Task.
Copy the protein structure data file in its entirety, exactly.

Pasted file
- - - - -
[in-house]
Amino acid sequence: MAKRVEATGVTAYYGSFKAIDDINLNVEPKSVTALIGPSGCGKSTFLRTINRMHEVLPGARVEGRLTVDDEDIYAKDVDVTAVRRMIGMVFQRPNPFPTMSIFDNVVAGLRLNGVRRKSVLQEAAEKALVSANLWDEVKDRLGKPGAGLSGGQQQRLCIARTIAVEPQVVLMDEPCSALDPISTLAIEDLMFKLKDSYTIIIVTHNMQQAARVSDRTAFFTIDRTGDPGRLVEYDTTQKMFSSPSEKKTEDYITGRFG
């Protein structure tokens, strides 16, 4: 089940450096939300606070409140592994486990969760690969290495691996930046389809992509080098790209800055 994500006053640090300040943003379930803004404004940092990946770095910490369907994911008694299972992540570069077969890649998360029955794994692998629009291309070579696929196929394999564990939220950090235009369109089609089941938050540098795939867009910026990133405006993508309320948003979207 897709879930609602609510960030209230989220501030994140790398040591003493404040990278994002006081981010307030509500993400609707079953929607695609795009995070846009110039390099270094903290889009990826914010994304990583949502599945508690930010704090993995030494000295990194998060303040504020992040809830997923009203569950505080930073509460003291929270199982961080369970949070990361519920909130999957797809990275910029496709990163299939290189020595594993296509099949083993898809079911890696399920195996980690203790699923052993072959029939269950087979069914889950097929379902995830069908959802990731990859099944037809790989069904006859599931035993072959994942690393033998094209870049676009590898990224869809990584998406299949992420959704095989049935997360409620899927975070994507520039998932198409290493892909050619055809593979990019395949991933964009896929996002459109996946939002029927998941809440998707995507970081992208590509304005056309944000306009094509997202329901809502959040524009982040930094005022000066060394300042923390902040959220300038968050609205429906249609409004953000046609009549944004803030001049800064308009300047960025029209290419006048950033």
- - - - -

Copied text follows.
[in-house]
Amino acid sequence: MAKRVEATGVTAYYGSFKAIDDINLNVEPKSVTALIGPSGCGKSTFLRTINRMHEVLPGARVEGRLTVDDEDIYAKDVDVTAVRRMIGMVFQRPNPFPTMSIFDNVVAGLRLNGVRRKSVLQEAAEKALVSANLWDEVKDRLGKPGAGLSGGQQQRLCIARTIAVEPQVVLMDEPCSALDPISTLAIEDLMFKLKDSYTIIIVTHNMQQAARVSDRTAFFTIDRTGDPGRLVEYDTTQKMFSSPSEKKTEDYITGRFG
């Protein structure tokens, strides 16, 4: 089940450096939300606070409140592994486990969760690969290495691996930046389809992509080098790209800055 994500006053640090300040943003379930803004404004940092990946770095910490369907994911008694299972992540570069077969890649998360029955794994692998629009291309070579696929196929394999564990939220950090235009369109089609089941938050540098795939867009910026990133405006993508309320948003979207 897709879930609602609510960030209230989220501030994140790398040591003493404040990278994002006081981010307030509500993400609707079953929607695609795009995070846009110039390099270094903290889009990826914010994304990583949502599945508690930010704090993995030494000295990194998060303040504020992040809830997923009203569950505080930073509460003291929270199982961080369970949070990361519920909130999957797809990275910029496709990163299939290189020595594993296509099949083993898809079911890696399920195996980690203790699923052993072959029939269950087979069914889950097929379902995830069908959802990731990859099944037809790989069904006859599931035993072959994942690393033998094209870049676009590898990224869809990584998406299949992420959704095989049935997360409620899927975070994507520039998932198409290493892909050619055809593979990019395949991933964009896929996002459109996946939002029927998941809440998707995507970081992208590509304005056309944000306009094509997202329901809502959040524009982040930094005022000066060394300042923390902040959220300038968050609205429906249609409004953000046609009549944004803030001049800064308009300047960025029209290419006048950033």